Hulu's first scripted weekly series falls short of a Battleground worth claiming
Premiering: Thursday, Feb. 14th on hulu.com and hulu plus
Starring: Jay Hayden, Teri Reeves, Jack DeSena, Ben Samuel, Lindsey Cutter, Jordan T. Maxwell, Alison Haislip
Produced by: JD Walsh, Hagai Shaham, Marc Webb
By ED BARK
The title is more than a little misleading, suggesting an intergalactic series or at least a bloody war front of some sort.
But during election seasons, Battleground also can be a hotly contested state. And hulu.com doesn't yet have budgets big enough to accommodate a lot of scope, costumes or special effects.
What we have here then is strictly earthbound and filmed in your friendly content provider's old school daze city of Madison, Wisconsin. Battleground, launching Tuesday, Feb. 14th on both hulu.com and hulu plus, is scheduled to run for 13 episodes in half-hour chunks. It's hulu's first original scripted series and for the most part plays like a semi-promising minor league pitcher without good enough stuff to play in the Bigs. Nice try, though, and everyone has to start somewhere.
Battleground's theme song and talk-to-the-camera interludes are reminiscent of The Office and its numerous offshoots. It's also at least mildly derivative of HBO's landmark Tanner '88 series, in which a fictional presidential campaign was tracked from the inside out.
Hulu's first two episodes of Battleground fall well short of both antecedents. The campaign staff for plain-faced, middle-aged U.S. Senate candidate Deirdre Samuels (Meighan Gerachis) is notably young and pretty but not very believable. And an incoming volunteer named Ben Werner (Ben Samuel) is impossibly naive and wide-eyed -- to the point where you'd like to grab his shoulders and shake him for the remainder of the premiere episode.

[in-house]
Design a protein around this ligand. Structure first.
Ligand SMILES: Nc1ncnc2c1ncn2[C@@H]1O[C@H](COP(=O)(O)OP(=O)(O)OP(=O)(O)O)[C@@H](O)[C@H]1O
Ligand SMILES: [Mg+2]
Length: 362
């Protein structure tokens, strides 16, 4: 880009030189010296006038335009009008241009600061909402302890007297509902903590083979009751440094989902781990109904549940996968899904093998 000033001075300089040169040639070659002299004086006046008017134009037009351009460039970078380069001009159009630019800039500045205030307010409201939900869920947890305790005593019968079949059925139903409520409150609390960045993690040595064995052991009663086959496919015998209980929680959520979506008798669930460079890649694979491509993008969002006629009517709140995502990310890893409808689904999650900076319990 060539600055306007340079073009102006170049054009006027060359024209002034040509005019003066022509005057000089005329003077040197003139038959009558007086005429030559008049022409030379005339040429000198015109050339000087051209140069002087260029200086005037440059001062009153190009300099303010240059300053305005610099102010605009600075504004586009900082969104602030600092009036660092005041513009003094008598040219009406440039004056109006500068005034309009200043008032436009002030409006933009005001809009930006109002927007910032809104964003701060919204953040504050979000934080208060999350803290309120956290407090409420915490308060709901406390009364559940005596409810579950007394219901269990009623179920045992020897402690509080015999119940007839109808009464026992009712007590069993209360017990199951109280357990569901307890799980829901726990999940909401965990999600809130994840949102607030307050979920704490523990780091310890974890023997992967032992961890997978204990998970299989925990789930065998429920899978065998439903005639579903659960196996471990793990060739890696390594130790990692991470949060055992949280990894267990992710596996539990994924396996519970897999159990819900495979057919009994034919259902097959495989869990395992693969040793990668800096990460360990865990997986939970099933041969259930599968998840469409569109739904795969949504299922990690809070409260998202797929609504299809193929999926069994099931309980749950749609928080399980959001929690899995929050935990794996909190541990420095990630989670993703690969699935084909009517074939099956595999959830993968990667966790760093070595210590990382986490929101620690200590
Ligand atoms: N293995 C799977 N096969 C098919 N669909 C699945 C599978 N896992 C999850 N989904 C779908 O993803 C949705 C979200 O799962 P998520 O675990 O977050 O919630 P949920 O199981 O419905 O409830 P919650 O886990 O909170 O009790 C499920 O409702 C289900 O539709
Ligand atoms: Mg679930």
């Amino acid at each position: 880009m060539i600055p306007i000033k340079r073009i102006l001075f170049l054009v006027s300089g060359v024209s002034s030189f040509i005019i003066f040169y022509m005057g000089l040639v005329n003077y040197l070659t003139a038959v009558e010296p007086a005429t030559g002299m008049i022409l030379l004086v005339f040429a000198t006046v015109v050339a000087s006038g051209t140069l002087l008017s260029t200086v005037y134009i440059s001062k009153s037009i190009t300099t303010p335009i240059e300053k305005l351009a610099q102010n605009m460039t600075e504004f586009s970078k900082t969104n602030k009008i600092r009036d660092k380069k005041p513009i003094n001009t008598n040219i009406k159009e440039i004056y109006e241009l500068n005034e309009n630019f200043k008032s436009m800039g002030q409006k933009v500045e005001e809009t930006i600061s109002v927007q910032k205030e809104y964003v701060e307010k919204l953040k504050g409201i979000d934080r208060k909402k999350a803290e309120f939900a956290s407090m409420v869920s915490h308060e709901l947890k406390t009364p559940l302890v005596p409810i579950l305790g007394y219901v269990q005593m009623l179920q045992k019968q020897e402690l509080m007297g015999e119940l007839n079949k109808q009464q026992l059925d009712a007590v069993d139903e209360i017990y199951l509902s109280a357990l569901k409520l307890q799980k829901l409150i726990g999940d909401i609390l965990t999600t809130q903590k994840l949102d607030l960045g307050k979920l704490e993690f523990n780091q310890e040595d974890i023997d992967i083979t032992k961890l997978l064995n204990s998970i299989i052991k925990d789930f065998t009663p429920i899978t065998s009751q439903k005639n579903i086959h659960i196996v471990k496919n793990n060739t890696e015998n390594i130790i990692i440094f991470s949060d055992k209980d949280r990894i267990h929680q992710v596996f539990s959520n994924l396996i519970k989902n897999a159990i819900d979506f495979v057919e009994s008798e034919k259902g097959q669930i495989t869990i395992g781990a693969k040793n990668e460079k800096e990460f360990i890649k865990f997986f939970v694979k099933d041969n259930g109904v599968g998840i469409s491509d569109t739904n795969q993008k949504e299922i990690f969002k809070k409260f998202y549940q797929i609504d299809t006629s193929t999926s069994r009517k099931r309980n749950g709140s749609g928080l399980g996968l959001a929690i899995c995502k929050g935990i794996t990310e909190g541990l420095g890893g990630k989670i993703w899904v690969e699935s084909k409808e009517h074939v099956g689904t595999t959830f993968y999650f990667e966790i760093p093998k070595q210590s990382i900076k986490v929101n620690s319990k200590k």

Running the show is Chris "Tak" Davis (Jay Hayden), who has GQ model looks but way too nice a temperament for a campaign manager of even a school board race.
Tak's chief media strategist, Kara "KJ" Jamison (Teri Reeves), likewise lacks the requisite bite. There's also one-note Jordan T. Mosley (Jordan T. Maxwell), who likes to think he's a key operative but is actually the campaign's "copy room advisor." Add speechwriter Cole Graner (Jack DeSena), who's romantically involved with KJ, and campaign helper Lindsey Cutter (Lindsey Payne), who's warming to Ben. And Ali Laurents (Alison Haislip) is increasingly indispensable as the "social media director."
The would-be senator they all work for is decidedly charisma-challenged, as is the show. Battleground's first two episodes, while not unwatchable, don't achieve enough liftoff to merit must-see return trips to hulu for further weekly adventures. The whole enterprise is too labored and forced for that. Waiting for Battleground to jell seems like too much of a losing proposition. A candidate who seemingly has nothing going for her only compounds matters.
GRADE: An on-the-curve C in deference to Battleground's web origins